Saving the State of SWF Content in Acrobat 9

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The Basics of SWF in PDF
One of the great new features of Adobe Acrobat 9 Pro and Pro Extended is the ability to add interactive SWF content developed in Flash or Flex. SWF files can be placed in a PDF using the new Flash Tool in Acrobat 9 and play using the built in Acrobat 9 Flash Player rather than the external one that your browser and desktop use. The built-in player provides greater security and consistency for SWF playback inside any PDF with that type of content. For those of you that attempted to use SWF in earlier versions of Acrobat, you remember that the user experience wasn’t all that great. Acrobat 9 provides tight integration between the PDF document and SWF as well as other content types that run in the Flash Player such as FLV and H.264 encoded video.

Read “Add multimedia files to a PDF” to learn how to add SWF content to PDF files using the new Rich Media Annotation rather than the legacy multimedia object.

Saving the State of SWF Content in Acrobat 9
In addition to the built-in Flash player providing greater security and consistency for SWF playback, it also has built in functions that take advantage of features found only in Acrobat and Reader. The remainder of this article discusses how to keep the state of your SWF content persistent in the PDF so that when the file is saved then reopened, your SWF content looks the same.

To store the state of your SWF content, use the built in "multimedia_saveSettingsString" function
and pass in a string that contains all of the variables you need to recreate the state you are saving.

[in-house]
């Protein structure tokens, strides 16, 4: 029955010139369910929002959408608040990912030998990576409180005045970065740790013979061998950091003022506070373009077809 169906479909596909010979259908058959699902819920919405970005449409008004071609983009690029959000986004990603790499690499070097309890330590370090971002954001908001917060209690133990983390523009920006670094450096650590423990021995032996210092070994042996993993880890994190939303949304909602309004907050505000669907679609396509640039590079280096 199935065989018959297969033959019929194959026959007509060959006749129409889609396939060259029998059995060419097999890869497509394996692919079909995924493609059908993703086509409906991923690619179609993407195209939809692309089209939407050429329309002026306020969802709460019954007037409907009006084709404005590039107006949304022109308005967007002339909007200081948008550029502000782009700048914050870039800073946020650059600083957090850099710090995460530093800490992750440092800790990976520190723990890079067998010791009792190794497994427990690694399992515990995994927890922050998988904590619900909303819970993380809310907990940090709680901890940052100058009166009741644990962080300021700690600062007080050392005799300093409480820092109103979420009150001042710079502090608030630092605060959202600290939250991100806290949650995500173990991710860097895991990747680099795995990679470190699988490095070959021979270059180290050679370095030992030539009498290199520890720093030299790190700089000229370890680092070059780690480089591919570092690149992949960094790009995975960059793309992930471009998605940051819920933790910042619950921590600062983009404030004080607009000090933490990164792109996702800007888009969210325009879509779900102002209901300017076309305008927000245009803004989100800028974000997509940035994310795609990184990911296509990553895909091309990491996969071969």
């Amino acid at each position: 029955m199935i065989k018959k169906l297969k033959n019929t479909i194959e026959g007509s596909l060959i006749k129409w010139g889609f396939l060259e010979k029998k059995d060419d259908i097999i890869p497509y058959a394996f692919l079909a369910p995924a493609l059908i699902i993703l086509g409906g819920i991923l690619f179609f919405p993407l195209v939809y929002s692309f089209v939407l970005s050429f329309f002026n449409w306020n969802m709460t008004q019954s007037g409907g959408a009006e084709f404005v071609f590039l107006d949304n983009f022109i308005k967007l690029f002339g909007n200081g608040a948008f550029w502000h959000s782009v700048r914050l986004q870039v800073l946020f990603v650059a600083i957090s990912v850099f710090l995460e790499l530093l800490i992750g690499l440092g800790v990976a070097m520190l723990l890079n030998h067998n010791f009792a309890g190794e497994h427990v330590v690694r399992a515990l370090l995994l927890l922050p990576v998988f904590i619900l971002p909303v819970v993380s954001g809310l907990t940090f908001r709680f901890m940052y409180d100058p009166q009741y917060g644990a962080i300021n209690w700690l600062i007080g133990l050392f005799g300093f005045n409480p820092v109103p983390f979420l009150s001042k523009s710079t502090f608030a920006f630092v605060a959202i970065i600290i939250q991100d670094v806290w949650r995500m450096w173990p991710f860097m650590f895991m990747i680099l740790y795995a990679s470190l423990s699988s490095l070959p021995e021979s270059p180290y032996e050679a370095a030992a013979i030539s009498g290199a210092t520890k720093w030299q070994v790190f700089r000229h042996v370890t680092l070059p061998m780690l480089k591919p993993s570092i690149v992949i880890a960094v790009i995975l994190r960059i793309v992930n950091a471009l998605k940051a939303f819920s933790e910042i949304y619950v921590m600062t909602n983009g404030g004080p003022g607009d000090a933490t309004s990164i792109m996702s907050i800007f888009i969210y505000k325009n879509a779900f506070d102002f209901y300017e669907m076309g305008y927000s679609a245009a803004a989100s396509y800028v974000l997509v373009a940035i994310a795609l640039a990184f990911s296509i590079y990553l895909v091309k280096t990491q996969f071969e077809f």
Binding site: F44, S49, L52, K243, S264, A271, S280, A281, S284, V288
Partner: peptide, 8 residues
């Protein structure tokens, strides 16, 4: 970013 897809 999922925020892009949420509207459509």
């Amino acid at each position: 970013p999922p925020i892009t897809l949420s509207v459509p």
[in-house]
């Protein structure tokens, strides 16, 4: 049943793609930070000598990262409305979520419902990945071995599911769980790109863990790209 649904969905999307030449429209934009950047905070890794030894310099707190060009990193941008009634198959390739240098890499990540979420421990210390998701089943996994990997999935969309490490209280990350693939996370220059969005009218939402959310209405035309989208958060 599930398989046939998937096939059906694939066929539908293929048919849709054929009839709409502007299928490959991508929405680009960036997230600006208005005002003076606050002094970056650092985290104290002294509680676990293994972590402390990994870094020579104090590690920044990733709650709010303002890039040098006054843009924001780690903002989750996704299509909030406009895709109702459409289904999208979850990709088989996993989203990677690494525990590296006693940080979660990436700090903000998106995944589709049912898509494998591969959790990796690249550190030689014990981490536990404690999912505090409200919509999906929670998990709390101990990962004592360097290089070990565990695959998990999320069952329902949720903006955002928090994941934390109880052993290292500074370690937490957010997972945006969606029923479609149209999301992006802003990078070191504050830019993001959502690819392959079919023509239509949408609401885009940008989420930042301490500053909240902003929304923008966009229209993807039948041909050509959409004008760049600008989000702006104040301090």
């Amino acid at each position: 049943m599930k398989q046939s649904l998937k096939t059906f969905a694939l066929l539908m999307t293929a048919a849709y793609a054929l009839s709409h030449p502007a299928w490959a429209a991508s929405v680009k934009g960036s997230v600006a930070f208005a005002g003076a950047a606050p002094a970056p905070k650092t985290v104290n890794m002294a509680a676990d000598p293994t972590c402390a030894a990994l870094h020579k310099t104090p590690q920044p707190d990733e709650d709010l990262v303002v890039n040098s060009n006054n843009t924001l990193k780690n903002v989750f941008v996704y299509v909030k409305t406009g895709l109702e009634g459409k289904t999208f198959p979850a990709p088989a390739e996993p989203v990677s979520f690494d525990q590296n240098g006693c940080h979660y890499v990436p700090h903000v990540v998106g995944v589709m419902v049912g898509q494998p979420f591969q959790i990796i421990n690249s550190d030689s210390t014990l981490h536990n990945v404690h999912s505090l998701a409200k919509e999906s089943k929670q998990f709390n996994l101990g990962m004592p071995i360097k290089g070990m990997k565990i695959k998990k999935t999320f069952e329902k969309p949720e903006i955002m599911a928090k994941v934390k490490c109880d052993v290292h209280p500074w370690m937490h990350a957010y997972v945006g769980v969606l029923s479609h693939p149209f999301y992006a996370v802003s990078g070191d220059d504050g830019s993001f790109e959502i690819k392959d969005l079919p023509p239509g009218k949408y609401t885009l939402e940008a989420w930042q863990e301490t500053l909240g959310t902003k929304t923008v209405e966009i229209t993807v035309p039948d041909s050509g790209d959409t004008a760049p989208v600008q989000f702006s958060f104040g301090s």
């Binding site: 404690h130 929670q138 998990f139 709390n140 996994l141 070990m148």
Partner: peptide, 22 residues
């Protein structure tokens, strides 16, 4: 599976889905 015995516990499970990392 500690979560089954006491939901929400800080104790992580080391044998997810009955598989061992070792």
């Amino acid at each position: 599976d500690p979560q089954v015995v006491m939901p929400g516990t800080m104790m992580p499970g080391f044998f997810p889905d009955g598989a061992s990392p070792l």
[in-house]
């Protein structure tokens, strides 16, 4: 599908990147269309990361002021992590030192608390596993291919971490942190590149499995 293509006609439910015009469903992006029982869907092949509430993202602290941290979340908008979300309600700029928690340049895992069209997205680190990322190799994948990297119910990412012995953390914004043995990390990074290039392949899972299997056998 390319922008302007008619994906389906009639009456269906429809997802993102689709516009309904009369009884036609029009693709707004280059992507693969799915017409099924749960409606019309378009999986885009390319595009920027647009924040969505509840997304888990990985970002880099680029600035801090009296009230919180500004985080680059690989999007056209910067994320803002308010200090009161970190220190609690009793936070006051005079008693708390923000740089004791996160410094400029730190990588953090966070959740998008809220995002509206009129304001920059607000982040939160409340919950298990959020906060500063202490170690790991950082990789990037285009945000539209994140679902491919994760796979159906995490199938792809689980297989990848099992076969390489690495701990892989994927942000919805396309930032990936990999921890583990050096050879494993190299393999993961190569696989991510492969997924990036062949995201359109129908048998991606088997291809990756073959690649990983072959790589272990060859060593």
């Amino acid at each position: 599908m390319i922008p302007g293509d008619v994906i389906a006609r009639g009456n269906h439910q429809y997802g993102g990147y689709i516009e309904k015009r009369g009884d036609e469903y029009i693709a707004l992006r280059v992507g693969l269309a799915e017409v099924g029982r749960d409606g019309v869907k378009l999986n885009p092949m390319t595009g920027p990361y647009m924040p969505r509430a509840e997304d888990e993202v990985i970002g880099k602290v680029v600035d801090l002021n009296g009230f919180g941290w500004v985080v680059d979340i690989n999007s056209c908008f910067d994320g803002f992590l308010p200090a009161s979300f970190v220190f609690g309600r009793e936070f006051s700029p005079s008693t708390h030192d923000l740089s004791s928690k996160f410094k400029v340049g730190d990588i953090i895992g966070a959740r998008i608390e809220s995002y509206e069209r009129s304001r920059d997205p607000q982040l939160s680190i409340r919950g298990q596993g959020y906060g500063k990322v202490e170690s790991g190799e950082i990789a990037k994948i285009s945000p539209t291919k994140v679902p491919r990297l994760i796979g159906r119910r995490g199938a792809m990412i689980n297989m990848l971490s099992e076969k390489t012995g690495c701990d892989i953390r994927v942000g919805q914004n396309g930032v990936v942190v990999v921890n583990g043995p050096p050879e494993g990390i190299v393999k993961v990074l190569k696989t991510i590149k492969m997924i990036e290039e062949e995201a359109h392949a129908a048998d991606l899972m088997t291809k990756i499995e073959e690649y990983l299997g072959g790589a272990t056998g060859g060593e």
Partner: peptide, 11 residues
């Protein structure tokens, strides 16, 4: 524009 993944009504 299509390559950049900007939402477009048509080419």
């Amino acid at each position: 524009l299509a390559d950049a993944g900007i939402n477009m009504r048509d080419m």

In the example file below, I’m simply storing the value of the HSlider called "size". For more complex applications, I recommend using an XML object to store the variables and then casting it to a string before saving it.
I also recommend saving the state every time a variable that you want to track gets changed. Acrobat will fire a "WillSave"
event that you can attach JavaScript to that can be used to call the "multimedia_saveSettingsString" but the internal
plumbing must be added to the PDF for that to work. By saving the settings on every change, all of the work can be done in ActionScript rather than a combination of ActionScript and JavaScript.

var result:Object = ExternalInterface.call("multimedia_saveSettingsString", size.value.toString());

Restoring the State of SWF Content in Acrobat 9
To resore the settings, add code that uses the built in function "multimedia_loadSettingsString" to the creationComplete function.
In the example code below, if the widget was just placed and settings were never saved (result returns null), it uses the defaults programmed into the application.
If the call returns an object, I use it to restore the state. Again, for more complex use cases, an XML object that is cast as a string can be used.

var result:Object = ExternalInterface.call("multimedia_loadSettingsString");
if (result)
{
size.value = int(result.toString());
}

Open the example PDF below and move the slider to adjust the size of the red square. Save the file. Close it, then reopen it. You’ll see that the size of the red square is the same as it was when you saved the file.

  Example PDF

Sample Flex Application